Jack Gantos

Jack Gantos was born in Mount Pleasant, Pennsylvania. His parents moved so often that he attended 10 different schools between kindergarten and 12th grade. The Gantos family rented a variety of homes in Pennsylvania, Florida, North Carolina, and the Caribbean. Jack spent his senior year of high school in Florida after his parents had already moved to Puerto Rico. During that year, Gantos worked at a grocery store, bought a car, and lived in an old motel run by Davey Crockett's great-great granddaughter.

After finishing high school, Gantos made a last-minute decision not to attend the University of Florida. Instead, he moved to the Virgin Islands to work on construction projects with his father. While hanging out in a bar one day, Gantos was approached by a man with an offer he couldn't refuse: sail a small boat from the Caribbean Sea to the United States for $10,000. That much money would pay for four years of college and more, Gantos reasoned at the time. The only catch was that the boat was filled with 2,000 pounds of hashish.

Little did Gantos know when he ran aground on the New Jersey shore, the FBI and the U.S. military had been tracking his boat. At the age of 20, he was sent to prison. During his18 months behind bars, Jack Gantos read, wrote, and vowed to turn his life around. After getting out of prison, he moved to Boston, enrolled in college, and began writing children's books. Within two years he sold his first children's book manuscript about a rotten red cat named Ralph.

Over time Jack Gantos established himself as an award-winning author of a wide variety of books. He wrote picture books for young children. He wrote chapter books for middle-grade readers. In 2001 Joey Pigza Loses Control, a book about a boy with ADHD, received a prestigious Newbery Honor. By 2002 Jack Gantos finally felt comfortable publishing a book about the time he went to prison. This nonfiction book for teens, Hole in My Life, has won numerous awards and reached many troubled teenage boys. In addition to writing, Jack Gantos speaks to young people in classrooms, libraries, and prisons.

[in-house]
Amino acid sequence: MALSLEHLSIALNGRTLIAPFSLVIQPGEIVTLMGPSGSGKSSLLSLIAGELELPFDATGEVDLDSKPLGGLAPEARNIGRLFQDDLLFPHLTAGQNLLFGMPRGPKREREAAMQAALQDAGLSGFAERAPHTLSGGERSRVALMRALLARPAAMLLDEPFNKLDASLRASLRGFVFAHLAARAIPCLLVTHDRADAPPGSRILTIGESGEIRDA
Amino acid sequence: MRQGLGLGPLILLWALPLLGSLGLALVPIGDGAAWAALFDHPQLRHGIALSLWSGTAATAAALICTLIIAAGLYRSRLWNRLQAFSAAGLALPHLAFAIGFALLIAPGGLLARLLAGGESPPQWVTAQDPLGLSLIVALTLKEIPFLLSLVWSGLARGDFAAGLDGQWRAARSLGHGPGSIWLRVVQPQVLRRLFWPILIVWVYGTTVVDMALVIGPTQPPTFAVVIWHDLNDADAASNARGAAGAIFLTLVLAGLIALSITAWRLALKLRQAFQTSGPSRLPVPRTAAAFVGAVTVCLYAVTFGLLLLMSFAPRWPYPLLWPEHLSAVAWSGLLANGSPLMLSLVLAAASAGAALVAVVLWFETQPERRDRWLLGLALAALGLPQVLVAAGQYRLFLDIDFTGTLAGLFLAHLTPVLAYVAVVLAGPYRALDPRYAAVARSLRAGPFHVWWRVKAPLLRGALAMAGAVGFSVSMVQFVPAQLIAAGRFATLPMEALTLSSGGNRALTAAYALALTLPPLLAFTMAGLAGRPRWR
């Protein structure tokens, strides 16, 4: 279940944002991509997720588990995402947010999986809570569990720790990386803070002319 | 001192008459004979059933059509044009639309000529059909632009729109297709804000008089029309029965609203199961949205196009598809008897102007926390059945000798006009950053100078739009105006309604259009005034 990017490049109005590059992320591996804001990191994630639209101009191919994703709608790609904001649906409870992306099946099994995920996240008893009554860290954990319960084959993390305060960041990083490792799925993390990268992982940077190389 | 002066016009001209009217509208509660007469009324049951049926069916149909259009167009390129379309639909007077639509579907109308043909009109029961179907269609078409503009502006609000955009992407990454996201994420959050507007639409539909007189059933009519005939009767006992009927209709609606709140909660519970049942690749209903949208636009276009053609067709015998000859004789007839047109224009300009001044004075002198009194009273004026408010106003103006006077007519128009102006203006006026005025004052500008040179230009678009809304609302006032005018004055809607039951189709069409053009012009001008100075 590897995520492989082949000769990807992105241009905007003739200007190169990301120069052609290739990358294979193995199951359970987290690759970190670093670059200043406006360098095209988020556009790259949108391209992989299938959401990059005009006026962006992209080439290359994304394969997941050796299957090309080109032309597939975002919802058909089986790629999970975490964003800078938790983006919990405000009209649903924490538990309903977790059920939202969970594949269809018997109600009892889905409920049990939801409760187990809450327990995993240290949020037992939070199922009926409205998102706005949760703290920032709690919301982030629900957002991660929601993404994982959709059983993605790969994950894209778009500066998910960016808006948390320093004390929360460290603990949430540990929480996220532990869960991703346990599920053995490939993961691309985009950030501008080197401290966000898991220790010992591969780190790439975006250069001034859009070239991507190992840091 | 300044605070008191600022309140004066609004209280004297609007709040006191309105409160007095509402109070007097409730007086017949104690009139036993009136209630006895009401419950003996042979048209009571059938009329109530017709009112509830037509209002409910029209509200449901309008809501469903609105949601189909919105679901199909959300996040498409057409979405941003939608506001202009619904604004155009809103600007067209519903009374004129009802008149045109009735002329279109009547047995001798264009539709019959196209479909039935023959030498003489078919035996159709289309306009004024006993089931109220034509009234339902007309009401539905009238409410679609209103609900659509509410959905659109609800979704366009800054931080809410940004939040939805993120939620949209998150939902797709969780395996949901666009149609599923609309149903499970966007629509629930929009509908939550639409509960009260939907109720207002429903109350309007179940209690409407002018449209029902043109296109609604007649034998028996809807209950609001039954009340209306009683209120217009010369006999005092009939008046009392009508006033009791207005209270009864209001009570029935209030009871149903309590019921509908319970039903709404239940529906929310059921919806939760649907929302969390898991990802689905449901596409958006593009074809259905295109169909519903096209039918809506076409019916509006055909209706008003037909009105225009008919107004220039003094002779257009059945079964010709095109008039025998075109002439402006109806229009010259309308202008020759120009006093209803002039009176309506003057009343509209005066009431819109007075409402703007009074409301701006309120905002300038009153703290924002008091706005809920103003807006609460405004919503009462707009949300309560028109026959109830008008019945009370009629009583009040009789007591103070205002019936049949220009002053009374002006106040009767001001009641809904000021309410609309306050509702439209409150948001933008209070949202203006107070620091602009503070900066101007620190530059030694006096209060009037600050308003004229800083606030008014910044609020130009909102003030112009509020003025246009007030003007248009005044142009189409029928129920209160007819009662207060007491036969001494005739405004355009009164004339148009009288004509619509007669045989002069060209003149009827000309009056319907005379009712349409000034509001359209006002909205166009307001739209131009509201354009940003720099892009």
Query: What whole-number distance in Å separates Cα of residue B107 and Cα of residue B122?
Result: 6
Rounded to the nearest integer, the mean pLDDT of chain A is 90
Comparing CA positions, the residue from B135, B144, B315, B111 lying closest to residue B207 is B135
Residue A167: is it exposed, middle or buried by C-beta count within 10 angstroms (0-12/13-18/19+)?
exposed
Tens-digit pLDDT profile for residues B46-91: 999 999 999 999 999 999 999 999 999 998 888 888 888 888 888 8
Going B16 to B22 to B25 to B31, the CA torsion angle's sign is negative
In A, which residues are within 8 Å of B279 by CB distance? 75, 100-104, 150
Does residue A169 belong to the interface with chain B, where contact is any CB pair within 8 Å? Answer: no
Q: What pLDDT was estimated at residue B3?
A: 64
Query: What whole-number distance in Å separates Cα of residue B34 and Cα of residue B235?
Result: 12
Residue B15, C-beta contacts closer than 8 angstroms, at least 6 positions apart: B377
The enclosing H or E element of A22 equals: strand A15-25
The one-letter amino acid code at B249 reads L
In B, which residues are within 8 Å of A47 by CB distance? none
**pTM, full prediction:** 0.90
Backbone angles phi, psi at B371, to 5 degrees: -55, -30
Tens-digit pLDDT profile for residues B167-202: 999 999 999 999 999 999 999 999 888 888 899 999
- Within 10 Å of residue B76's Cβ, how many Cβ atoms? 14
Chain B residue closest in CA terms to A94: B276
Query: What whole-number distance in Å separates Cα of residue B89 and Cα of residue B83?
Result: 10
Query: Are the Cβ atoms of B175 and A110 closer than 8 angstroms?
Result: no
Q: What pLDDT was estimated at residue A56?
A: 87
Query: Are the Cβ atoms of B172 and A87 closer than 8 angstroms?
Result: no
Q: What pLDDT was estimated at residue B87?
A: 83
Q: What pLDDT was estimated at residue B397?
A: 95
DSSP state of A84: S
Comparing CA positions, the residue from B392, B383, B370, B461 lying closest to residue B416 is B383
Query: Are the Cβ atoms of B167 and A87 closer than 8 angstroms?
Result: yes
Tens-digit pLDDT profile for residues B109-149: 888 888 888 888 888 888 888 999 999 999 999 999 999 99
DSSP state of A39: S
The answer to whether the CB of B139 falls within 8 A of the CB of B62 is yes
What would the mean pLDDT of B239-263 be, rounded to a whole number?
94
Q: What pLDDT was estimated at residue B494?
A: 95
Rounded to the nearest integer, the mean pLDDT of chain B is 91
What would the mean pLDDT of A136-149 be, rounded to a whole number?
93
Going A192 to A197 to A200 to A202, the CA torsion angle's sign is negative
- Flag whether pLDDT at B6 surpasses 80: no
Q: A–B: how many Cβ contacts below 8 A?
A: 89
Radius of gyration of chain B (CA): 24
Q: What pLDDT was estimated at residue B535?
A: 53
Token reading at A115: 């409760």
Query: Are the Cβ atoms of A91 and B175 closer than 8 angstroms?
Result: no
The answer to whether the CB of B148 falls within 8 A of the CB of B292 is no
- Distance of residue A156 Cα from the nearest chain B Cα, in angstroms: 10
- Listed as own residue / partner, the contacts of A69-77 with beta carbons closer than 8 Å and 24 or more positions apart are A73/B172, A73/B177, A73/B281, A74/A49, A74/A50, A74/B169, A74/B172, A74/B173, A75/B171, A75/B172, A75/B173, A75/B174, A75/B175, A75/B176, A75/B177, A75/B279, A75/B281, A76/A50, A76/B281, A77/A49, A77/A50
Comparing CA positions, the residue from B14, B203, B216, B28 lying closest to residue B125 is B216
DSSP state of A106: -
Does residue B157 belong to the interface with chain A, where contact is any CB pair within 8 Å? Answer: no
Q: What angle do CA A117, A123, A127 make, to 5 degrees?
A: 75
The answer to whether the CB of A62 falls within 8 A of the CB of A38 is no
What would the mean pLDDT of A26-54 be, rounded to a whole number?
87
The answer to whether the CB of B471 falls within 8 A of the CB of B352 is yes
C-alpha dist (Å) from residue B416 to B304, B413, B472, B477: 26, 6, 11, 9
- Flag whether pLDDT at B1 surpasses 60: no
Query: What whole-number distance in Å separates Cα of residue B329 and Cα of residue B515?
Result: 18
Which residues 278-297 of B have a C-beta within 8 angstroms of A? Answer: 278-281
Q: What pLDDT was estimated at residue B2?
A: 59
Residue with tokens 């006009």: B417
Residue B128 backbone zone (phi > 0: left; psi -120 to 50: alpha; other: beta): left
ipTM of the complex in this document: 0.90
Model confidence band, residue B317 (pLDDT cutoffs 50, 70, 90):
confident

Today he lives with his wife and daughter in Boston, Massachusetts.

Books by This Author

Back to School for Rotten Ralph

Illustrated by: Nicole Rubel
Age Level: 3-6
Sarah's remarkably rotten feline friend attempts to keep her from starting school. Ultimately Sarah comes up with a devious plan that allows Ralph to come, too — but with disastrous results! Ralph is really rotten — and Sarah loves him just as he is.

Best in Show for Rotten Ralph

Illustrated by: Nicole Rubel
Age Level: 6-9
In four short chapters, Sarah tries to ready her red rascally cat, Rotten Ralph, for a kitty competition that includes his cousin, Perfect Percy. Ultimately, Ralph and Sarah conclude that sometimes it's best to just be yourself. Humor abounds in this installment of Rotten Ralph.

Dead End in Norvelt

Age Level: 9-12
This humorous and heartwarming novel takes place during the summer of 1962, when narrator Jack Gantos turns 12 and has been "grounded for life" by his parents. He takes on a summer job writing obituaries filled with stories about the people who founded his Utopian town, Norvelt. Gantos expertly mixes truth and fiction in this book, which won the Newbery award in 2012. For mature readers 9-12 and teens.